Monday, July 13, 2009

We Are Opportunists, and We Are Like This Only

In a somewhat hard-hitting and cerebral article that would either tingle your neurons or make you hand your head in shame, Aakar Patel, former editor of Mid-day, writes about the Indian psyche, a very opportunistic one at that. He says Indians don’t give back to society which is obviously why an Indian leaves toilets dirty and litters public places. I agree. I also agree that Indian industrialists do not give back to society, and whatever meagre amounts that are forcibly extracted from them are because their accountants tell them they will get tax breaks. An excerpt from the article:

“Some characteristics unite Indians. The most visible is our opportunism. One good way to judge a society is to see it in motion. On the road, we observe the opportunism in the behaviour of the Indian driver. Where traffic halts on one side of the road in India, motorists will encroach the oncoming side because there is space available there. If that leads to both sides being blocked, that is fine, as long as we maintain our advantage over people behind us or next to us. This is because the other man cannot be trusted to stay in his place.”

Yes, we do crowd the aisle before the aircraft stops, we do push the other man away to misappropriate that precious train seat, we do spit in public places because it’s nobody’s father’s space (I was passing a man whose back was towards me, he turned his face and spat, the spray hit me, and he didn’t even apologise!), we scratch and fondle our private parts (Ugh!) because we don’t care if there are women around, we badmouth our neighbours and colleagues behind their backs (that sala, b*****d, what is he thinking-binking of himself, he is become someone big big, what they say, celebrity-celecrity or what?), we spread salacious rumours, we put the other guy down to elevate ourselves (the Marathi term is “Paya-khechi” meaning pulling down by the leg), we come late to functions and appointments and do not apologise, we eat and throw wrappers wherever its convenient to us (which is quite nearby), we burp, pass wind, we spit at wretched guys (The corners of our government offices can be identified by long strips of red spit adorned there by the officers themselves. One officer used to spit into his waste paper basket, I am told.), we elevate cruel brutes to positions of power and then complain of being harassed, we bow our heads to crooks and complain that our spines are bent, we protest against corruption but when it comes to getting things done we willingly pay, etcetera, etcetera.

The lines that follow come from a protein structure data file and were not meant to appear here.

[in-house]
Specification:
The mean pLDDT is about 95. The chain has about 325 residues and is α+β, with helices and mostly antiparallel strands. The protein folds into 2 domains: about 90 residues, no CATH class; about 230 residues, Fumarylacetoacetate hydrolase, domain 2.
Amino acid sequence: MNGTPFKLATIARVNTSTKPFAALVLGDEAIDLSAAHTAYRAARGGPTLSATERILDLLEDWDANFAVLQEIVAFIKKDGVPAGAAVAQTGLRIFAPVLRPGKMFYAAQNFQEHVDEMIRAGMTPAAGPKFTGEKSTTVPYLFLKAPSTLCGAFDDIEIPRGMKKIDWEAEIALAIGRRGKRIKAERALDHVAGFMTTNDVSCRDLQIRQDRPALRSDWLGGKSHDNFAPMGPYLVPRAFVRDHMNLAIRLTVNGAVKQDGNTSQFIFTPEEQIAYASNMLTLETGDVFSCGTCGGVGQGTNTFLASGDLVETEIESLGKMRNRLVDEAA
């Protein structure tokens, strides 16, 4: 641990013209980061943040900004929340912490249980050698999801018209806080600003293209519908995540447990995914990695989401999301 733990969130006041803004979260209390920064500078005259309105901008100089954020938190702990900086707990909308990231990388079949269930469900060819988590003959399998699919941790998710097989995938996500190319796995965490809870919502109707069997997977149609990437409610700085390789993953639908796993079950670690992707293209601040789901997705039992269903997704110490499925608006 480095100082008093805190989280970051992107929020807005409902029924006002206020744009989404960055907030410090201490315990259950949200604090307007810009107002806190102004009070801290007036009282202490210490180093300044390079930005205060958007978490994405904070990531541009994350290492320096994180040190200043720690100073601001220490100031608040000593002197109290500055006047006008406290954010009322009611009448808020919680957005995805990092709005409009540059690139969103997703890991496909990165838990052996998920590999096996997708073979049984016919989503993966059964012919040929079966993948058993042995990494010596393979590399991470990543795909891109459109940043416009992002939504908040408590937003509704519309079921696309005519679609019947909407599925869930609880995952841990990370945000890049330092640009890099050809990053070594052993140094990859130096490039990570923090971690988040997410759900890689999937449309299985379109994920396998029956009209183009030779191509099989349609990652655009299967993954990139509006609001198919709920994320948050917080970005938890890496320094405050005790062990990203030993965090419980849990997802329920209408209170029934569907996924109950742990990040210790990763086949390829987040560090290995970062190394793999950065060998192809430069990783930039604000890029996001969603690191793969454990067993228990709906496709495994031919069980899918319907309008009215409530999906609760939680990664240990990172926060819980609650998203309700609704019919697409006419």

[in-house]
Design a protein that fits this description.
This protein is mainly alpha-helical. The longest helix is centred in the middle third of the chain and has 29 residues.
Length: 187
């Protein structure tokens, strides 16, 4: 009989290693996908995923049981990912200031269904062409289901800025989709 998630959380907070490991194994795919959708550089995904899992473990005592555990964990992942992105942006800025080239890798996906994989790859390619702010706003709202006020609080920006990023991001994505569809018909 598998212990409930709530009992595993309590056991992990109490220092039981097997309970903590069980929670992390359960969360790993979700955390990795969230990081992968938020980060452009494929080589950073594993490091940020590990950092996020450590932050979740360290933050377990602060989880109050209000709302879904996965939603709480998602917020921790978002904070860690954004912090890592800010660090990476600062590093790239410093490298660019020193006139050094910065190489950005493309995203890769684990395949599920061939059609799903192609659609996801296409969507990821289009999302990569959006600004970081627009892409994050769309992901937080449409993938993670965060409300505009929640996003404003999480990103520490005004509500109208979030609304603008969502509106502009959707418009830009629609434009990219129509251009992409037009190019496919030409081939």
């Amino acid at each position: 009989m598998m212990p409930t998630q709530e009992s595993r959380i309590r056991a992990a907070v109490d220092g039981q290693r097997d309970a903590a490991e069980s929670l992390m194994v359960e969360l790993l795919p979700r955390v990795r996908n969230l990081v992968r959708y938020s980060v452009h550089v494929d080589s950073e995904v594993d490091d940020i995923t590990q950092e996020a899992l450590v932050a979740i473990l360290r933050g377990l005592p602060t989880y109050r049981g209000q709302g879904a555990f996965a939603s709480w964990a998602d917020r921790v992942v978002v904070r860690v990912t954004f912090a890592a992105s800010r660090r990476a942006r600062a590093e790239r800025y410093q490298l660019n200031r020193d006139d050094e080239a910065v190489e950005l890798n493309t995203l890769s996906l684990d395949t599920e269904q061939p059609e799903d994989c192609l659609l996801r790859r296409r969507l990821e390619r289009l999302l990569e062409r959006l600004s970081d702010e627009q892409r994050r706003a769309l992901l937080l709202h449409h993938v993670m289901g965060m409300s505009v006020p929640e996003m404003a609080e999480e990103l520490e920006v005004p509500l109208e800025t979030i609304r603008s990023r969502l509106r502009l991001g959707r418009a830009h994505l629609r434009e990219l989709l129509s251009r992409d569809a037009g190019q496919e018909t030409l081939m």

While most of us wouldn’t think twice before doing something that would be profitable or something that elevate us, we are great pretenders and wouldn’t be caught dead wearing the wrong or politically incorrect opinion. We elevate those in power to bitch about them behind their backs; we show respect and at the same time curse them in private. (A peon who was obsequious in the boss’s presence began calling the man a b*****d out of earshot.) There is nothing gentlemanlike about us when we bitch about our colleagues when they are absent and spread rumours about them. You don’t have to go far to get evidence. Listen to conversations in trains and public transport, you will get enough of it.

I think, perhaps misguidedly (prove it!) that it’s our poverty and lack of opportunities that makes us so. Plus a lack of a social awareness that could have been inculcated by the reading of literature. We read very little. When I am reading a novel in the train my neighbours peep inside my book and read along with me. Bad manners, notwithstanding, I ask them if I can lend them the book so they can read it, “it’s a nice book,” I say.

“No, I won’t be able to finish it. I don’t have the patience and the time. Besides they are expensive.”

“Make time, I read on trains. There’s a guy I know who will lend it for Rs 20.”

“I would rather listen to music.”

What music? Pirated ones? Surreptitiously ripped from albums and downloaded from shady online sites, hosted in Pakistan?

I think I have made my point. My opinion is: we are opportunists and are like this only.


ZiLliOnBiG said...

its so true, john. when we are small We are also taught by our parents that we have to be extra smart, or else someone will take away our opportunity. 'smartness' means being cunning.
our thinking is very different. Our parents generation still think they are in 1960s, they refuse to change.

Thanks for sharing this article. :)))

John said...

Hi Zillion, yes, true. We don't realise how we are depriving another person of his/her rights and dignity when we are insensitive to their needs.